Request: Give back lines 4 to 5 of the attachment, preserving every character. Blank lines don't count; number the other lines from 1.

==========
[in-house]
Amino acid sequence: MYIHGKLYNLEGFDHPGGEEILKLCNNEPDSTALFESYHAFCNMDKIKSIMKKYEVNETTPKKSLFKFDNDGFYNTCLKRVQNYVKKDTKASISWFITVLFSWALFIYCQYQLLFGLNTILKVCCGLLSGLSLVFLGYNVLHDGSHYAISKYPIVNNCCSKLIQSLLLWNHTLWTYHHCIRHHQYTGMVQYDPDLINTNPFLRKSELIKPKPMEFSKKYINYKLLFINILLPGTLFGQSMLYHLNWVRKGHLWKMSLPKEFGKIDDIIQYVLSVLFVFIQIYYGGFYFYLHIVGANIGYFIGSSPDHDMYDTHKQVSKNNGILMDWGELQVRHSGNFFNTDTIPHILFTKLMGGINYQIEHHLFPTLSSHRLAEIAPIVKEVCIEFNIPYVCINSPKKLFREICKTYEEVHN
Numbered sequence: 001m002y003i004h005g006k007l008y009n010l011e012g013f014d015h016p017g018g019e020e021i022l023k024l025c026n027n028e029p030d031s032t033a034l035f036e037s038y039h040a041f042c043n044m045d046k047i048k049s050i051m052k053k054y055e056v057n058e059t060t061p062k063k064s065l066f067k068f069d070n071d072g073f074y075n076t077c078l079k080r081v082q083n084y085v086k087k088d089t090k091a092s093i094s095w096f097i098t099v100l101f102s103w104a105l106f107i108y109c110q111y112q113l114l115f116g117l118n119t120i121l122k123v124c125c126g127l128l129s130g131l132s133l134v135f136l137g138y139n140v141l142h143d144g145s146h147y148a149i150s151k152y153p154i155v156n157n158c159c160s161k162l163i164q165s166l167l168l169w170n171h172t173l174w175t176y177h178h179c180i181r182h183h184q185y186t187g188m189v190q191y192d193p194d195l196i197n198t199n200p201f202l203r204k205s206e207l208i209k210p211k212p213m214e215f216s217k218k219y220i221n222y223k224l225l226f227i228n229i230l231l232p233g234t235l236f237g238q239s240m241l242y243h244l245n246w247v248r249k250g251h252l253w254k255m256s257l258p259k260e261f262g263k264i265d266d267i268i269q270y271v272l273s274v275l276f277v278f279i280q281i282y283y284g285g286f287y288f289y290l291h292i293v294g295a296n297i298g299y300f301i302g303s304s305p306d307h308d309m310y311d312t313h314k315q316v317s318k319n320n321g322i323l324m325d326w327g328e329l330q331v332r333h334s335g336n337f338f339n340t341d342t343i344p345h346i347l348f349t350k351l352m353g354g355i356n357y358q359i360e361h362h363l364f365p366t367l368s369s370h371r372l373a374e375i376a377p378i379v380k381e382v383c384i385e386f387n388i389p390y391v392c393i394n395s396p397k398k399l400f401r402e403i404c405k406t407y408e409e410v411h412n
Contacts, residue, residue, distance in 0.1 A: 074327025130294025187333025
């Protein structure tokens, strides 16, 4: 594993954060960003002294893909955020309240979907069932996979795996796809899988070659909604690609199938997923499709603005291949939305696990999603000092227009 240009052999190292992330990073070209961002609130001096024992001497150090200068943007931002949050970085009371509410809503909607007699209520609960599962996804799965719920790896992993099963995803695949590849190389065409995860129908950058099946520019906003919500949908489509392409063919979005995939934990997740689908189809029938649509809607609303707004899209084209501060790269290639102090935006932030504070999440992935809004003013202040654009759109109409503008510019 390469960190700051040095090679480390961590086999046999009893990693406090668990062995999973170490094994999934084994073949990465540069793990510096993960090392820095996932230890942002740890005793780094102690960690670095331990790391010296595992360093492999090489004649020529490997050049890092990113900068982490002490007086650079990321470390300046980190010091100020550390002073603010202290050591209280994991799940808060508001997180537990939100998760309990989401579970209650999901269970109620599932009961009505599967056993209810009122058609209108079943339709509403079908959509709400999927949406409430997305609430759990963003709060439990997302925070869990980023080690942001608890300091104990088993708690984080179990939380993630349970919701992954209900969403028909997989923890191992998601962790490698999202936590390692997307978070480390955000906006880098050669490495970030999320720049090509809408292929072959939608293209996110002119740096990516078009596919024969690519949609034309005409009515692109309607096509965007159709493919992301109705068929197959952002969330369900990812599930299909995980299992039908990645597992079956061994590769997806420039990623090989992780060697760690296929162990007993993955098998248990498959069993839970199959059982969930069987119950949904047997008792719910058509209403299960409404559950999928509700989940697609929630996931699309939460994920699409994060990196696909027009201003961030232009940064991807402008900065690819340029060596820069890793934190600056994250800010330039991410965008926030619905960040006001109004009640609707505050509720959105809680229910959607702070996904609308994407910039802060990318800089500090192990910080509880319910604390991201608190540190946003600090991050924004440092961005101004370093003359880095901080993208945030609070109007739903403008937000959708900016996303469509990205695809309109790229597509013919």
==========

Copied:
Contacts, residue, residue, distance in 0.1 A: 074327025130294025187333025
């Protein structure tokens, strides 16, 4: 594993954060960003002294893909955020309240979907069932996979795996796809899988070659909604690609199938997923499709603005291949939305696990999603000092227009 240009052999190292992330990073070209961002609130001096024992001497150090200068943007931002949050970085009371509410809503909607007699209520609960599962996804799965719920790896992993099963995803695949590849190389065409995860129908950058099946520019906003919500949908489509392409063919979005995939934990997740689908189809029938649509809607609303707004899209084209501060790269290639102090935006932030504070999440992935809004003013202040654009759109109409503008510019 390469960190700051040095090679480390961590086999046999009893990693406090668990062995999973170490094994999934084994073949990465540069793990510096993960090392820095996932230890942002740890005793780094102690960690670095331990790391010296595992360093492999090489004649020529490997050049890092990113900068982490002490007086650079990321470390300046980190010091100020550390002073603010202290050591209280994991799940808060508001997180537990939100998760309990989401579970209650999901269970109620599932009961009505599967056993209810009122058609209108079943339709509403079908959509709400999927949406409430997305609430759990963003709060439990997302925070869990980023080690942001608890300091104990088993708690984080179990939380993630349970919701992954209900969403028909997989923890191992998601962790490698999202936590390692997307978070480390955000906006880098050669490495970030999320720049090509809408292929072959939608293209996110002119740096990516078009596919024969690519949609034309005409009515692109309607096509965007159709493919992301109705068929197959952002969330369900990812599930299909995980299992039908990645597992079956061994590769997806420039990623090989992780060697760690296929162990007993993955098998248990498959069993839970199959059982969930069987119950949904047997008792719910058509209403299960409404559950999928509700989940697609929630996931699309939460994920699409994060990196696909027009201003961030232009940064991807402008900065690819340029060596820069890793934190600056994250800010330039991410965008926030619905960040006001109004009640609707505050509720959105809680229910959607702070996904609308994407910039802060990318800089500090192990910080509880319910604390991201608190540190946003600090991050924004440092961005101004370093003359880095901080993208945030609070109007739903403008937000959708900016996303469509990205695809309109790229597509013919």